33\\
Proin nunc metus, sodales sagittis molestie sed, ullamcorper a nisi. Aenean pharetra odio sagittis ipsum egestas luctus sollicitudin libero vulputate. Etiam sodales vulputat. Lorem ipsum dolor mauris.

Governor Bush's Proposal For: Research and Development Manufacturing Machinery & Equipment Sales Tax Exemption

November 30, 2004
Source:  Governor's Office

Today’s Actions

Announcing support of regular session legislation to create a sales tax exemption for all machinery and equipment purchased for use predominantly in research and development activities.

Principles of these Actions

  • Improve Florida’s attractiveness as a location for research and development activity.
  • Enhance the likelihood that Florida will attract or spawn commercialization and production activity that emerges from a richer research and development environment in the state.
  • Enhance private-public research partnership opportunities.

Background

Research and Development Activities in Florida:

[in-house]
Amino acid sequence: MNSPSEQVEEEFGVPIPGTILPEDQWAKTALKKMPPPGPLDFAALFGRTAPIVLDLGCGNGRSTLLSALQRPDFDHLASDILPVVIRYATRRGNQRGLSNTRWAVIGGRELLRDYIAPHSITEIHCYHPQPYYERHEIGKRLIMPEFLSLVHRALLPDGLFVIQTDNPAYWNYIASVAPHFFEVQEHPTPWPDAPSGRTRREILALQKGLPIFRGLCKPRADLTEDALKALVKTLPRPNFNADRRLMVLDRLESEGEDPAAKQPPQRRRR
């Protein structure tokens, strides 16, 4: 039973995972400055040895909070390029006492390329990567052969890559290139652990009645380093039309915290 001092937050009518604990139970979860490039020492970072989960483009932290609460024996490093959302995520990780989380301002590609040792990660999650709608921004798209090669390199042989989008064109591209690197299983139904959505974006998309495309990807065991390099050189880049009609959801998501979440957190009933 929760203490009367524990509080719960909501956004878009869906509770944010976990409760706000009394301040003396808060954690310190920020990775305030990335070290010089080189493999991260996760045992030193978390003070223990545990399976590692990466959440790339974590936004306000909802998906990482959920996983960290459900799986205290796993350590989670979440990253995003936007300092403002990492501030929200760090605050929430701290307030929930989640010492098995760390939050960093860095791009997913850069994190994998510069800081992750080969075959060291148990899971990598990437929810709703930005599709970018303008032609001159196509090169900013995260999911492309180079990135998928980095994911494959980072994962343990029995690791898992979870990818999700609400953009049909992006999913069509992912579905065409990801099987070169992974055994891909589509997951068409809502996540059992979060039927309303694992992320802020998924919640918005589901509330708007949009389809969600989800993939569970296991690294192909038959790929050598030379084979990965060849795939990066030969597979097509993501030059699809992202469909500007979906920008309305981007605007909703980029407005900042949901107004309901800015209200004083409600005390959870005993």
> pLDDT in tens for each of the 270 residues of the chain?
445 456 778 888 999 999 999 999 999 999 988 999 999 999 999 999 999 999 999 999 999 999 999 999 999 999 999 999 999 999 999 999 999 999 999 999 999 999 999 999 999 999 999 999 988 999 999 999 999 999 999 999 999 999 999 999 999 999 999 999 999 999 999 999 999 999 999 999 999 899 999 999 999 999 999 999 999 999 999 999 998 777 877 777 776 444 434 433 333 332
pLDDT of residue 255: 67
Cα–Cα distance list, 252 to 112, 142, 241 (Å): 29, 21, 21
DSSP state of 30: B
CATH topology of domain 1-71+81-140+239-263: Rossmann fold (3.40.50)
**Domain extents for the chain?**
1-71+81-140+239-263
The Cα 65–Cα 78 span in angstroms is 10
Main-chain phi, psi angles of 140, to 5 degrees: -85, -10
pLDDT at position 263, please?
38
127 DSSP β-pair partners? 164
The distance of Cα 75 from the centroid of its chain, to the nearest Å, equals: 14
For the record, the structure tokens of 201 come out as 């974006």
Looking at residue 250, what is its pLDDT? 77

• Research and development spending in Florida is substantial, but lags behind other smaller states:
    • In 2002, total R&D spending in Florida was $5.5 billion, only 2.1% of the total for the U.S. Spending by industry was $3.7 billion (1.9% of the U.S. total).
    • Though Florida is the fourth largest state in terms of population, 13 other states had higher R&D expenditures (California, Michigan, Massachusetts, Texas, New York, New Jersey, Washington, Illinois, Pennsylvania, Maryland, Ohio, Connecticut, and Virginia).

Generally, Florida currently levies a 6% sales tax on machinery and equipment used primarily for research and development activities, but allows the following limited exemptions:

  • Any R&D equipment purchased predominantly for semiconductor wafer research conducted in an OTTED-certified facility is 100% exempt,
  • Similarly, any R&D equipment purchased predominantly for defense or space research conducted in an OTTED-certified facility is 25% exempt.


Because 24 other states either do not tax research and development equipment or do so at reduced tax rates, Florida’s current tax poses a distinct competitive disadvantage for Florida to attract new R&D activity.

Proposal: Eliminate the sales tax on machinery and equipment used predominantly for research and development activities

The annual cost savings to businesses conducting research and development activities in Florida are estimated to be $33.7 million. This reflects a reduction in both state and local sales taxes.

The proposal also contemplates allowing a recipient of the exemption to enter into an agreement with one or more state universities or community colleges to receive up to 100% of the tax savings, to be matched on a one-to-one basis, in pursuit of research and development projects.